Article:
Equally important: We also communicate when we’ll be offline for any given amount of time (besides the obvious bathroom/snack breaks, that falls into the over-sharing category) and we promote it rather than discourage it. Think of it as the opposite of the old-fashioned “butts-in-seats mentality.” It’s helpful to know that Lauren is picking up her daughter from 2-3 p.m., and we can plan to chat again at 7 p.m. It’s helpful to know that Josh has an appointment and will be back after lunch so he doesn’t return to 70 pings from me. Communication builds trust.

Meetings

Even though we’re in the meeting business, we are still mindful of practicing good meeting hygiene. This includes things like:

  • Announcing the meeting publicly
  • Set an agenda ahead of time with a goal
  • Share documents to review ahead of the meeting
  • Make sure someone is taking notes during the meeting to share afterward (and standardize documentation)
  • Organize the next steps and share broadly.

This all sounds a bit onerous and won’t apply to all kinds of meetings, so it’s important to make sure there’s flexibility in our approach. 

For example: If Slack conversations go back and forth more than a few times, we’ll jump on a video call to hash it out. Sometimes written communication can move a conversation backward when a 5-minute video chat can get it done.

Speaking of: As my colleague Ammon wrote in a recent blog post on work-from-home best practices — turn on your video! I know it’s super awkward to look at yourself and I certainly am guilty of leaving my video off at times. But I try to remind myself to get over it and give my colleagues that human interaction. It does help! After these sidebar conversations that grow out of a Slack thread, we’ll post a quick synopsis of the outcome of the conversation in the same thread.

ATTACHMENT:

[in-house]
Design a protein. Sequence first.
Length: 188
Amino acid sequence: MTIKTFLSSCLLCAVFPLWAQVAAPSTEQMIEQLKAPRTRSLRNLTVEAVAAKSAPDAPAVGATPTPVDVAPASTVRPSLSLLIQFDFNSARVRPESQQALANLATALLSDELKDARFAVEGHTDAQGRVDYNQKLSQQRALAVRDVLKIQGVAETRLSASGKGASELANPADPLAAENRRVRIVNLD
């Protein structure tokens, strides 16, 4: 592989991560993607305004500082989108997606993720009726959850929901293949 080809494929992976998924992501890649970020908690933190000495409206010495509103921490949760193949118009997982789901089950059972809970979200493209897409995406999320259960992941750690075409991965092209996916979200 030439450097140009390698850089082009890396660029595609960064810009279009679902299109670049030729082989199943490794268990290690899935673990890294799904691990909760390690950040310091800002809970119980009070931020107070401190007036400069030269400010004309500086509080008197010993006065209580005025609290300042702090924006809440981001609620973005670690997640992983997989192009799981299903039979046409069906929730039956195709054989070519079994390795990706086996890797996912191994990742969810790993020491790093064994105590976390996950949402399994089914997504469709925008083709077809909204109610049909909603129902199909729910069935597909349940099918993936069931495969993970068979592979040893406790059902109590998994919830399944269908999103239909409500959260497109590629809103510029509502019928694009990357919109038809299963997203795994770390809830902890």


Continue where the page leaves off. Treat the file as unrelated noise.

Wild cards

Fun wild card traditions will crop up on their own based on your company’s culture — let it rip! We have a weekly Friday late afternoon Demo day with the full team meeting to show off what we’ve done over the past week. Many of us will crack a beer and engage in a virtual toast with each other, and one of our engineers Joe always plays his guitar for us to kick off the meeting while others join. We all enjoy Joe’s jams and look forward to it every week. Incorporate personal pieces of your lives into meetings and interactions. It helps keep everyone connected so embrace the wild card wackiness! 

Build consensus

For all the research we did, we intentionally decided to take a minimalist approach with our policies around working remotely. Instead of coming up with 1,000 different rules, we decided to focus on these core tenets to guide how our culture would evolve.

As you iterate on your own remote work policies, make sure to discuss and reach a consensus with your team. When even one person strays from these processes, they can easily crumble. Instead, focus on minimizing friction and overhead, and be willing to constantly evolve! x.ai is truthfully more productive now than ever before. If we can successfully execute working remotely after four years of staring at each other from across our desks, anyone can do it! Godspeed.